21 JANUARY 2013
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London’s latest visitor attraction, The View from The Shard, and bound to be a winner, opens to the public on Friday 1 February at 09:00. The view from the top is fantastic and for a certain generation, brought up with the understanding that London did not have tall buildings, unbelievable. This is what New York is all about.
Bookings were available, at time of writing, from the following Sunday, and it is open until 22:00. At £24.95 for adults and £18.95 for children the pricing makes it more expensive than the very popular London Eye (Adults from £17.28), but offers a longer and more instructive package, and vastly more than the excellent Emirates Air Bridge (£4.30), an alternative way of seeing a limited part of the Capital from the air (Here we recommended a round trip, Oyster card accepted, from the North Greenwich complex).
The Shard is Western Europe’s tallest building at 1016ft and its viewing point is almost twice as high as any in London.
The massive structure virtually sits over London Bridge Station in the heart of Bermondsey, once very run down, but today a thriving community with City Hall as its centre piece and the revamped Borough Market with its stalls and eateries, a lively tourist attraction on its own merit. It is a meeting place for the young and not so young. The Northern and Jubilee Underground lines serve the station, whilst there is a frequent Thameslink service to Kings Cross-St Pancras (for Eurostar) and onwards to Luton. Southbound Gatwick is but 30 minutes away and the station services much of Kent and Sussex. Situated in the London Borough of Southwark it now likes to be called "The London Bridge Area".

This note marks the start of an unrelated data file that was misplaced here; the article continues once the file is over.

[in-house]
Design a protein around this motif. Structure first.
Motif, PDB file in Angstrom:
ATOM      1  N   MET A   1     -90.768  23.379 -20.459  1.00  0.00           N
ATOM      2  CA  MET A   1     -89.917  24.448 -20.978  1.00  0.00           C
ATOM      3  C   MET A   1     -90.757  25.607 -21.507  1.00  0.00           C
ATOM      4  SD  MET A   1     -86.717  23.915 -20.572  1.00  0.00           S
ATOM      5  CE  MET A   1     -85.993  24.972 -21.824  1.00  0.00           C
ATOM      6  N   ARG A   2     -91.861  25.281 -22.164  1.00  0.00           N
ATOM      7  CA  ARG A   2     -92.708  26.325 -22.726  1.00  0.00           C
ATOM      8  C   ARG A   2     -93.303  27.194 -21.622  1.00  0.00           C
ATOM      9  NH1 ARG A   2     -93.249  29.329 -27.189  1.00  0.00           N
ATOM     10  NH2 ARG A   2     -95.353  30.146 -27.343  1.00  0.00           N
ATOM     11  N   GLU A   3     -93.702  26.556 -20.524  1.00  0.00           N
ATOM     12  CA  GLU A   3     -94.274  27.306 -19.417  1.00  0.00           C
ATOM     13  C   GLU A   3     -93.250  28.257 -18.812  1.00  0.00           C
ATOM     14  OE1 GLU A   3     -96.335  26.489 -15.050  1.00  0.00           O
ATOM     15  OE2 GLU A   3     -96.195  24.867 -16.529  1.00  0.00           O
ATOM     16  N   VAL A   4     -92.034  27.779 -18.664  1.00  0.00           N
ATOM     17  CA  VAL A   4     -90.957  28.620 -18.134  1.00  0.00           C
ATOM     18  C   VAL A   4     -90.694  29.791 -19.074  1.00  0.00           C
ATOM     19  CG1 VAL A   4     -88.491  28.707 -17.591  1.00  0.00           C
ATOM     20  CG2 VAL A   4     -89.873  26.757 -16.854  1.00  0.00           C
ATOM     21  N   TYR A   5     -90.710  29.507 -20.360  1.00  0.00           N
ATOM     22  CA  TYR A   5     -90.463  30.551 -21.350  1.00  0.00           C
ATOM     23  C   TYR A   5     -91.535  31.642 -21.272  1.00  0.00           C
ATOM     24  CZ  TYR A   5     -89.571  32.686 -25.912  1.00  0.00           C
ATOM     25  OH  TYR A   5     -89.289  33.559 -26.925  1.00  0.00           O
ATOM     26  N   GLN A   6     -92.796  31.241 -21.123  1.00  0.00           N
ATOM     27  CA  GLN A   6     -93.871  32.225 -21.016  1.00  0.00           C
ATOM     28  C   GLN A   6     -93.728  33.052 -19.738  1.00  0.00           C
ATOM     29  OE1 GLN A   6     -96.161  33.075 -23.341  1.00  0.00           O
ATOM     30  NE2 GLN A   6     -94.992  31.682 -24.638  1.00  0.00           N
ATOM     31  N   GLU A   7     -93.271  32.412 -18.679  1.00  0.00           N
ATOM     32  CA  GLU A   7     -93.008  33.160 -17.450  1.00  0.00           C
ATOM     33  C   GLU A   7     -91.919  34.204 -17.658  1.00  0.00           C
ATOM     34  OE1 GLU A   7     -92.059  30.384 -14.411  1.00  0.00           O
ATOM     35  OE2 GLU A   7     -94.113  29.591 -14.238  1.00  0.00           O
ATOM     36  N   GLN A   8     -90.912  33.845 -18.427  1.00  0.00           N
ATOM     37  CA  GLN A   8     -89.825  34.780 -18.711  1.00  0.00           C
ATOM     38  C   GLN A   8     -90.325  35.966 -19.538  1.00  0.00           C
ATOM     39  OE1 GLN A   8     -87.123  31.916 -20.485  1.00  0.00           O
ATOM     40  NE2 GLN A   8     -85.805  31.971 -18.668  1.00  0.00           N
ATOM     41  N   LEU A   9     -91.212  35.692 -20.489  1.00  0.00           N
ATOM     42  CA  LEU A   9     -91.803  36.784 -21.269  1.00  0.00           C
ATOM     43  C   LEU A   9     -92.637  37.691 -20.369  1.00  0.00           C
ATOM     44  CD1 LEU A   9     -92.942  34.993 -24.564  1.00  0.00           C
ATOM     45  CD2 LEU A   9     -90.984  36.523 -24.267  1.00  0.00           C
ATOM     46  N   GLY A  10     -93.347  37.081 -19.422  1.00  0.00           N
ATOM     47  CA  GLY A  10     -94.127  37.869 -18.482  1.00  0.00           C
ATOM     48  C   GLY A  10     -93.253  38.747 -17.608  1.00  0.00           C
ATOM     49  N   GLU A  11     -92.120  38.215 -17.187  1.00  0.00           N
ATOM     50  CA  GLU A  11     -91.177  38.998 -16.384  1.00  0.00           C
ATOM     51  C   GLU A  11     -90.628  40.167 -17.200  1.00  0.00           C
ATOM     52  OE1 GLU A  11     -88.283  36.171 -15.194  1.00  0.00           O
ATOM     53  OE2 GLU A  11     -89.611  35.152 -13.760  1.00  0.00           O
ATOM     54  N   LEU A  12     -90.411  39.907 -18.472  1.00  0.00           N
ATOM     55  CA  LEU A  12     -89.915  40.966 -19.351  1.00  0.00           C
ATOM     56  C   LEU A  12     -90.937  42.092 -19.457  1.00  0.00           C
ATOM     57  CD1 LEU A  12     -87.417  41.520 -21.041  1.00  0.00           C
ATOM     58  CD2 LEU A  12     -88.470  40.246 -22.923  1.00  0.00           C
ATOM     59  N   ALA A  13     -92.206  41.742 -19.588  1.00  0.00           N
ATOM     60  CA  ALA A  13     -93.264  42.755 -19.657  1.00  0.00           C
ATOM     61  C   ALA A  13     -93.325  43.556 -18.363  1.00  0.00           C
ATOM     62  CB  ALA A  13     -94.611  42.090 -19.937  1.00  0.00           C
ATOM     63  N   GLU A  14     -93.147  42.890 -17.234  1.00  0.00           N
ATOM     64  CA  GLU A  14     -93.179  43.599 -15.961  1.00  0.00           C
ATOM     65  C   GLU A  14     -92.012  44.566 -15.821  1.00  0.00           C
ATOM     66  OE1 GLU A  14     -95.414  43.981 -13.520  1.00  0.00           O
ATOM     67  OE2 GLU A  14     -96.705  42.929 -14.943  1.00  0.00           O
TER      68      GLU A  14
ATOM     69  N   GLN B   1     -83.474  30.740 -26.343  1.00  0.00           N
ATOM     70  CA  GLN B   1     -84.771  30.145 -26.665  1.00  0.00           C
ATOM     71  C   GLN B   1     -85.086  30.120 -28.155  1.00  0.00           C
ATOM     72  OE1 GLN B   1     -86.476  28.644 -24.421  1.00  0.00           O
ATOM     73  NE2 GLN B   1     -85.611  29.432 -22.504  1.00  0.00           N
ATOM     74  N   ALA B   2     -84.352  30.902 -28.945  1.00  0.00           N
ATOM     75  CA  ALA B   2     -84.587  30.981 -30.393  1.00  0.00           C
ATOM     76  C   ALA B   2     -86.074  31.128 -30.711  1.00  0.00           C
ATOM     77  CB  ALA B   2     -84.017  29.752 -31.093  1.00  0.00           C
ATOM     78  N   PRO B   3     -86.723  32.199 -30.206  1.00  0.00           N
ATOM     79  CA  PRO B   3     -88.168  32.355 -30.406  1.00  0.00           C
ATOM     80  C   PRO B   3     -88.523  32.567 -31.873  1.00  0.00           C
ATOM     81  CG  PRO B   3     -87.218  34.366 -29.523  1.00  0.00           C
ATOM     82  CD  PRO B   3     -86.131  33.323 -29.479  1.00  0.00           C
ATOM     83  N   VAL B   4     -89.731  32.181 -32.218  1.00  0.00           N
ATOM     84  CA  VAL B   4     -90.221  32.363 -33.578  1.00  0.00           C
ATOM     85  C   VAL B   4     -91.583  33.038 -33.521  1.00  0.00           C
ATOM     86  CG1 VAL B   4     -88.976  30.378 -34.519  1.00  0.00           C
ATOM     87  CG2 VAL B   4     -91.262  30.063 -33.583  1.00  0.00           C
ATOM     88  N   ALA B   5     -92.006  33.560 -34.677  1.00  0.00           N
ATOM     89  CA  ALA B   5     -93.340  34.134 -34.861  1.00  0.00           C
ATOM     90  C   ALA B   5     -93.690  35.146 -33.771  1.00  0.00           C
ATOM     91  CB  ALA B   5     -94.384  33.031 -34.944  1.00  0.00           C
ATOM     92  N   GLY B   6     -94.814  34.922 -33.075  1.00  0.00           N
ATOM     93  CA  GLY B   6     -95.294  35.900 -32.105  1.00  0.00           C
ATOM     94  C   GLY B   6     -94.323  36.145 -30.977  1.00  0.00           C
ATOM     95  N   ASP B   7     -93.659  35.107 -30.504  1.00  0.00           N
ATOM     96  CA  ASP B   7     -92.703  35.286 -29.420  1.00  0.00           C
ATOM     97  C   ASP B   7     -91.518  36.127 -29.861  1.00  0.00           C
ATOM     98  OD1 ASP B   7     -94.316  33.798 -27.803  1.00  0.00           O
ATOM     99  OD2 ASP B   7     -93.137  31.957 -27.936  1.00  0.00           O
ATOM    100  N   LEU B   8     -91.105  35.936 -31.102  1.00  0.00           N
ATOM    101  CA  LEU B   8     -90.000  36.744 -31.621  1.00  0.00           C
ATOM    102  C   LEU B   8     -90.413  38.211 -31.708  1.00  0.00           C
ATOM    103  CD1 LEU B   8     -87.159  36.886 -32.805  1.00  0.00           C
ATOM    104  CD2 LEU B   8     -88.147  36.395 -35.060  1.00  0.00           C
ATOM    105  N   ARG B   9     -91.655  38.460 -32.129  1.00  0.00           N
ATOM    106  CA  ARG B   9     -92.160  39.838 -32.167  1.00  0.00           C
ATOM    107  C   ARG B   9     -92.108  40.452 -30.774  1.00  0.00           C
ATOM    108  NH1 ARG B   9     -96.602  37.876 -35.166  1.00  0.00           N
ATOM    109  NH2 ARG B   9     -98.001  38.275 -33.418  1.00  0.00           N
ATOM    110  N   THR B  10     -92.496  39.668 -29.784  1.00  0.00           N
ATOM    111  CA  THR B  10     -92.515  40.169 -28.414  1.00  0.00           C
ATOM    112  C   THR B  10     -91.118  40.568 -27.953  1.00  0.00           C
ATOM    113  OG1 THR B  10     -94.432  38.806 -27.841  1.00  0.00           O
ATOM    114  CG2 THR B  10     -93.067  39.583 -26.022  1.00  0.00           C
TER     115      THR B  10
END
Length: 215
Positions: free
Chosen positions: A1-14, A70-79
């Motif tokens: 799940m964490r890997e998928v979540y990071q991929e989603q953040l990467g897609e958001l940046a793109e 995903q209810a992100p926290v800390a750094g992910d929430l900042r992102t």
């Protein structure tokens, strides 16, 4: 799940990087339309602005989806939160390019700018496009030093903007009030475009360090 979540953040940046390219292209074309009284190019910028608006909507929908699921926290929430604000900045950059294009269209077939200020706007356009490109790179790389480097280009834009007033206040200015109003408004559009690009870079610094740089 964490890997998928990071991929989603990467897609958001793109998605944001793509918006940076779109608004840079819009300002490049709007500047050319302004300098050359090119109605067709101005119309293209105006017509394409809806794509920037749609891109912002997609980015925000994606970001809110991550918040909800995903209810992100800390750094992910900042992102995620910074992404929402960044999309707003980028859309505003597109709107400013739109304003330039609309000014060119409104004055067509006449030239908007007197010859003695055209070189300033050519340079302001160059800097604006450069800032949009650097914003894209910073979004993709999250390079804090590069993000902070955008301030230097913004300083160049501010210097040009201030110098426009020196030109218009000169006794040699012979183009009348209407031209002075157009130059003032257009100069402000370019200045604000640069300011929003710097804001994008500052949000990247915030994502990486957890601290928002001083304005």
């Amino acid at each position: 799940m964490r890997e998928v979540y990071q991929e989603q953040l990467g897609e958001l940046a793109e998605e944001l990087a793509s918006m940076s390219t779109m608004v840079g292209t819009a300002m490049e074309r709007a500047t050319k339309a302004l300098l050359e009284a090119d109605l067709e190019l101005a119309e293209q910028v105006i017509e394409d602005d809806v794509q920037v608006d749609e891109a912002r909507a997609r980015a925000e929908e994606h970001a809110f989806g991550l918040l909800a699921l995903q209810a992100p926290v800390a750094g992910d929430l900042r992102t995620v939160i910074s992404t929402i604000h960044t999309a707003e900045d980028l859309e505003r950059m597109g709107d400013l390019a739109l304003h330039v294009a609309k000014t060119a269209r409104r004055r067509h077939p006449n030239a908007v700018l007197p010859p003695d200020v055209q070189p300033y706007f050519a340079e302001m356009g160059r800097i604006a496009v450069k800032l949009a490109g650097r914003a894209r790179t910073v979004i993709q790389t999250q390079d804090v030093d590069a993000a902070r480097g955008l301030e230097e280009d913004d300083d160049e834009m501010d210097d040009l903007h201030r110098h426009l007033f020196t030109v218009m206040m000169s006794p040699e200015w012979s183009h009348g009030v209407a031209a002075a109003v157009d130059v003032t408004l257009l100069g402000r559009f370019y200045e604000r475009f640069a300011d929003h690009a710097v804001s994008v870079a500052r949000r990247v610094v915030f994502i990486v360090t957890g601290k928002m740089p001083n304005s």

The Shard (of glass) is not just a lookout position. Within the complex will be restaurants, offices and a deluxe 202-room Shangri-La hotel, occupying floors 34 to 52 of designer Renzo Piano's iconic tower, with a welcome and concierge desk on the ground floor. The views from every room will be spectacular (no balconies) and there will be a swimming pool, gym and spa on the hotel's 52nd floor. Opening is planned for May.
For ‘The View from The Shard’ the reception is well signposted (and you can’t miss the building) pedestrianised from the station, but also including a very busy bus terminal. Guests ascend from the ground floor in one of two high-speed lifts that take just 30 seconds each to reach the public viewing areas on floors 69 to 72.
On your journey skywards you are accompanied by a soaring anthem from the London Symphony Orchestra, building anticipation of seeing London like never before. The specially composed music is part of the wider score that accompanies guests through The View from The Shard, also featuring acclaimed London-based chamber choir, the Joyful Company of Singers.
In the viewing galleries, 800ft above London, there is a remarkable 360 degree view, offering visibility up to 40 miles. Available are 12 digital ‘Tell:scopes’ that are new to Europe. The ‘Tell:scopes’, digital telescopes with large touch screens enabling guests to explore the city around them in real-time, as well as offering alternative (pre-recorded) day and night-time views in times of inclement weather. Fully interactive, they are able to identify famous landmarks and places of significant interest in the user’s sight line and provide information about them in 10 languages. Guests are drawn deeper into the story of London as elements of history, and images, appear on screen. In total, 200 landmarks and places of interest across London are highlighted. It is all very impressive.
Take a slow walk around. Find an excuse to use the rest rooms. They have windows too. Make sure you have your camera with you.
The View from The Shard is a great new London landmark.
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